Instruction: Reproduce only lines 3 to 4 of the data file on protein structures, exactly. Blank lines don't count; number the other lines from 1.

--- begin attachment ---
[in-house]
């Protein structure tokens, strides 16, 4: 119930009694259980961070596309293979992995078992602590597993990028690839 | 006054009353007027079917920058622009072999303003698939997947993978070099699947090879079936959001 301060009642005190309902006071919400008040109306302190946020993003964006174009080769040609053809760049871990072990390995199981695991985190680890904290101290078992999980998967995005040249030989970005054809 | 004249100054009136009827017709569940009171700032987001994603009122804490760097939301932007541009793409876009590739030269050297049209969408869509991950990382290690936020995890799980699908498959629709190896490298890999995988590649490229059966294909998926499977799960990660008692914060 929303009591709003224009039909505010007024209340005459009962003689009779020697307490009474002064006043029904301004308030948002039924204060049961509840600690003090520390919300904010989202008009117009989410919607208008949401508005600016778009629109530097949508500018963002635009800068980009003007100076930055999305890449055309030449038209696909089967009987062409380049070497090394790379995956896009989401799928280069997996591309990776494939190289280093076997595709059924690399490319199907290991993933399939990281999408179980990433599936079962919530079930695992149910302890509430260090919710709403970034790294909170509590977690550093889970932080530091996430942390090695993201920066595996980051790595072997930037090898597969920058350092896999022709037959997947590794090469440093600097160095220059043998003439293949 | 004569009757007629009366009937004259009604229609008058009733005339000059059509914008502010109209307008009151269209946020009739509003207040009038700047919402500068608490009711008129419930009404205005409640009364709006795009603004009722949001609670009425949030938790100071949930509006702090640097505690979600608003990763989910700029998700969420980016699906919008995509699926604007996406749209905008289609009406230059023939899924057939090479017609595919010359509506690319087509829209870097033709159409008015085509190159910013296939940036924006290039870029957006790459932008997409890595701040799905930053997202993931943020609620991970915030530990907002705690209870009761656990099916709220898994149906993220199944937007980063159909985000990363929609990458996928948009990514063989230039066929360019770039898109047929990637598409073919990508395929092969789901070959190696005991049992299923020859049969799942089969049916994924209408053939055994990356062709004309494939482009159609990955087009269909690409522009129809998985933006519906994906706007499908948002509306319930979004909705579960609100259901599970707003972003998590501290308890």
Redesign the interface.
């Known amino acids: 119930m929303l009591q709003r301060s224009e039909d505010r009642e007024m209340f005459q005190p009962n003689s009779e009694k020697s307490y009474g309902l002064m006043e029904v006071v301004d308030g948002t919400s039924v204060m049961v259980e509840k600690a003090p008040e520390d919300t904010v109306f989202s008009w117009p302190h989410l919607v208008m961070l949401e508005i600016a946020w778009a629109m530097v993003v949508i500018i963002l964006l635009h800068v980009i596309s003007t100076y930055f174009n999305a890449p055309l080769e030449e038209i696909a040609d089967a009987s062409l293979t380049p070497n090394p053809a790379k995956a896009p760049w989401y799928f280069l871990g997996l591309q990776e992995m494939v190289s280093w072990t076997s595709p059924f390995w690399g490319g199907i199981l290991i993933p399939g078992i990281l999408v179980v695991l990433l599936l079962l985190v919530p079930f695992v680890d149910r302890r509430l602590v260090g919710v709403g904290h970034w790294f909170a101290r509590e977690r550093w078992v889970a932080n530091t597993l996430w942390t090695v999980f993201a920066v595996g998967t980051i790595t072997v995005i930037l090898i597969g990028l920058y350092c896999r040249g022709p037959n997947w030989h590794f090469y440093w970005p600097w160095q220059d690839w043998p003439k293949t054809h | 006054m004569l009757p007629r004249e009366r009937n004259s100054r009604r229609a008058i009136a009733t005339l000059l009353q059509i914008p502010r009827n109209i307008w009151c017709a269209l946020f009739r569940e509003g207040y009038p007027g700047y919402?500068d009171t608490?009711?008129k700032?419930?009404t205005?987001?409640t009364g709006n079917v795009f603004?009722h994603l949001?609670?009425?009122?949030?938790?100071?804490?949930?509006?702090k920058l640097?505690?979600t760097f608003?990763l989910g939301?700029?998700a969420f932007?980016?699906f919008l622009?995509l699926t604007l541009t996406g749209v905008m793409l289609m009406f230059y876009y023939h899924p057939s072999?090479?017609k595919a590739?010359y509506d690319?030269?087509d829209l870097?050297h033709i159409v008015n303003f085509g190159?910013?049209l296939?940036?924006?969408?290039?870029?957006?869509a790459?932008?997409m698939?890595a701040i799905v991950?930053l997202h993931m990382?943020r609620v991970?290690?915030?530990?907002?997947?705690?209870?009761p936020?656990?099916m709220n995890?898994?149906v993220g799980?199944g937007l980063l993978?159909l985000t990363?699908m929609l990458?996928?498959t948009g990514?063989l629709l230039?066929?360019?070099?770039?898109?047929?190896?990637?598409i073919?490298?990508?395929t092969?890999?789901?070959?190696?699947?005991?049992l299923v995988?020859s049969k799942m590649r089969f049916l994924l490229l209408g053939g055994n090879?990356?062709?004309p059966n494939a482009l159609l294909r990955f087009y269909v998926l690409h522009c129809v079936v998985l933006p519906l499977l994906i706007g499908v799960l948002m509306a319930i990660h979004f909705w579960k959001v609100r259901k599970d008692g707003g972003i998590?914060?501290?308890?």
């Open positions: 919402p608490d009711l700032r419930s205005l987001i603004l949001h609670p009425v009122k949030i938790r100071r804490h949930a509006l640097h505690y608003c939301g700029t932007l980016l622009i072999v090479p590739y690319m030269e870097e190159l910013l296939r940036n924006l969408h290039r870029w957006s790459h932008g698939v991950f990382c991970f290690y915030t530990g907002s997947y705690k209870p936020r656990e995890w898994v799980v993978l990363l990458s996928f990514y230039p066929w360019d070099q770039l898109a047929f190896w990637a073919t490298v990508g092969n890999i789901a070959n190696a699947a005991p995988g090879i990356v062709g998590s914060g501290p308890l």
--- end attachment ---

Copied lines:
Redesign the interface.
């Known amino acids: 119930m929303l009591q709003r301060s224009e039909d505010r009642e007024m209340f005459q005190p009962n003689s009779e009694k020697s307490y009474g309902l002064m006043e029904v006071v301004d308030g948002t919400s039924v204060m049961v259980e509840k600690a003090p008040e520390d919300t904010v109306f989202s008009w117009p302190h989410l919607v208008m961070l949401e508005i600016a946020w778009a629109m530097v993003v949508i500018i963002l964006l635009h800068v980009i596309s003007t100076y930055f174009n999305a890449p055309l080769e030449e038209i696909a040609d089967a009987s062409l293979t380049p070497n090394p053809a790379k995956a896009p760049w989401y799928f280069l871990g997996l591309q990776e992995m494939v190289s280093w072990t076997s595709p059924f390995w690399g490319g199907i199981l290991i993933p399939g078992i990281l999408v179980v695991l990433l599936l079962l985190v919530p079930f695992v680890d149910r302890r509430l602590v260090g919710v709403g904290h970034w790294f909170a101290r509590e977690r550093w078992v889970a932080n530091t597993l996430w942390t090695v999980f993201a920066v595996g998967t980051i790595t072997v995005i930037l090898i597969g990028l920058y350092c896999r040249g022709p037959n997947w030989h590794f090469y440093w970005p600097w160095q220059d690839w043998p003439k293949t054809h | 006054m004569l009757p007629r004249e009366r009937n004259s100054r009604r229609a008058i009136a009733t005339l000059l009353q059509i914008p502010r009827n109209i307008w009151c017709a269209l946020f009739r569940e509003g207040y009038p007027g700047y919402?500068d009171t608490?009711?008129k700032?419930?009404t205005?987001?409640t009364g709006n079917v795009f603004?009722h994603l949001?609670?009425?009122?949030?938790?100071?804490?949930?509006?702090k920058l640097?505690?979600t760097f608003?990763l989910g939301?700029?998700a969420f932007?980016?699906f919008l622009?995509l699926t604007l541009t996406g749209v905008m793409l289609m009406f230059y876009y023939h899924p057939s072999?090479?017609k595919a590739?010359y509506d690319?030269?087509d829209l870097?050297h033709i159409v008015n303003f085509g190159?910013?049209l296939?940036?924006?969408?290039?870029?957006?869509a790459?932008?997409m698939?890595a701040i799905v991950?930053l997202h993931m990382?943020r609620v991970?290690?915030?530990?907002?997947?705690?209870?009761p936020?656990?099916m709220n995890?898994?149906v993220g799980?199944g937007l980063l993978?159909l985000t990363?699908m929609l990458?996928?498959t948009g990514?063989l629709l230039?066929?360019?070099?770039?898109?047929?190896?990637?598409i073919?490298?990508?395929t092969?890999?789901?070959?190696?699947?005991?049992l299923v995988?020859s049969k799942m590649r089969f049916l994924l490229l209408g053939g055994n090879?990356?062709?004309p059966n494939a482009l159609l294909r990955f087009y269909v998926l690409h522009c129809v079936v998985l933006p519906l499977l994906i706007g499908v799960l948002m509306a319930i990660h979004f909705w579960k959001v609100r259901k599970d008692g707003g972003i998590?914060?501290?308890?």